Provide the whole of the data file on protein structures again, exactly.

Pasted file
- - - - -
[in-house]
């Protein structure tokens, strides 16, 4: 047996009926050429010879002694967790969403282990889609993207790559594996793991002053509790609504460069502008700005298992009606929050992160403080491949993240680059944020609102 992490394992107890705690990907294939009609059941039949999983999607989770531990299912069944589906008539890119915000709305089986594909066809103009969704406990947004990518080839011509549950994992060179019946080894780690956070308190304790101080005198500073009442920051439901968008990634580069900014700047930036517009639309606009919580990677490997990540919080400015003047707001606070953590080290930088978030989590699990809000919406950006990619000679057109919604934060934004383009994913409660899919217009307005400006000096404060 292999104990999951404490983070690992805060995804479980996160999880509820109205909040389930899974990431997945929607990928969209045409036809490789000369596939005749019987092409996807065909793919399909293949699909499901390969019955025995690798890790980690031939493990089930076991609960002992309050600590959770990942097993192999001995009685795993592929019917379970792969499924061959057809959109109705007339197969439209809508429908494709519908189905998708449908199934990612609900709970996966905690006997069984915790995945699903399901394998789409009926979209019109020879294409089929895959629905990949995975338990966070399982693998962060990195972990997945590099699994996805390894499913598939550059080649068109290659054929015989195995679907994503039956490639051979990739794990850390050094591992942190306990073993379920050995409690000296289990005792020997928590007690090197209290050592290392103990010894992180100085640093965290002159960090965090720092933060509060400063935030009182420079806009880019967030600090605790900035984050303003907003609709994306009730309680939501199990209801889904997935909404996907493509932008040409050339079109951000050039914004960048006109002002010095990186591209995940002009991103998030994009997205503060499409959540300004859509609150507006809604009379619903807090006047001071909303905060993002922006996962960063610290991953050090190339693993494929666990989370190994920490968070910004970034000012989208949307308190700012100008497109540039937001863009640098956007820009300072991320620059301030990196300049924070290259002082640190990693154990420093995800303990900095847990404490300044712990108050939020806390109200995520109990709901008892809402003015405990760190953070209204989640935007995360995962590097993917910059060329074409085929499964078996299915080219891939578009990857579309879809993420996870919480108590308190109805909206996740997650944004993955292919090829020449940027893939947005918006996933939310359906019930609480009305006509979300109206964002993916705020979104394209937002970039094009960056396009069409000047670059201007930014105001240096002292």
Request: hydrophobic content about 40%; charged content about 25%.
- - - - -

[in-house]
């Protein structure tokens, strides 16, 4: 047996009926050429010879002694967790969403282990889609993207790559594996793991002053509790609504460069502008700005298992009606929050992160403080491949993240680059944020609102 992490394992107890705690990907294939009609059941039949999983999607989770531990299912069944589906008539890119915000709305089986594909066809103009969704406990947004990518080839011509549950994992060179019946080894780690956070308190304790101080005198500073009442920051439901968008990634580069900014700047930036517009639309606009919580990677490997990540919080400015003047707001606070953590080290930088978030989590699990809000919406950006990619000679057109919604934060934004383009994913409660899919217009307005400006000096404060 292999104990999951404490983070690992805060995804479980996160999880509820109205909040389930899974990431997945929607990928969209045409036809490789000369596939005749019987092409996807065909793919399909293949699909499901390969019955025995690798890790980690031939493990089930076991609960002992309050600590959770990942097993192999001995009685795993592929019917379970792969499924061959057809959109109705007339197969439209809508429908494709519908189905998708449908199934990612609900709970996966905690006997069984915790995945699903399901394998789409009926979209019109020879294409089929895959629905990949995975338990966070399982693998962060990195972990997945590099699994996805390894499913598939550059080649068109290659054929015989195995679907994503039956490639051979990739794990850390050094591992942190306990073993379920050995409690000296289990005792020997928590007690090197209290050592290392103990010894992180100085640093965290002159960090965090720092933060509060400063935030009182420079806009880019967030600090605790900035984050303003907003609709994306009730309680939501199990209801889904997935909404996907493509932008040409050339079109951000050039914004960048006109002002010095990186591209995940002009991103998030994009997205503060499409959540300004859509609150507006809604009379619903807090006047001071909303905060993002922006996962960063610290991953050090190339693993494929666990989370190994920490968070910004970034000012989208949307308190700012100008497109540039937001863009640098956007820009300072991320620059301030990196300049924070290259002082640190990693154990420093995800303990900095847990404490300044712990108050939020806390109200995520109990709901008892809402003015405990760190953070209204989640935007995360995962590097993917910059060329074409085929499964078996299915080219891939578009990857579309879809993420996870919480108590308190109805909206996740997650944004993955292919090829020449940027893939947005918006996933939310359906019930609480009305006509979300109206964002993916705020979104394209937002970039094009960056396009069409000047670059201007930014105001240096002292």
Request: hydrophobic content about 40%; charged content about 25%.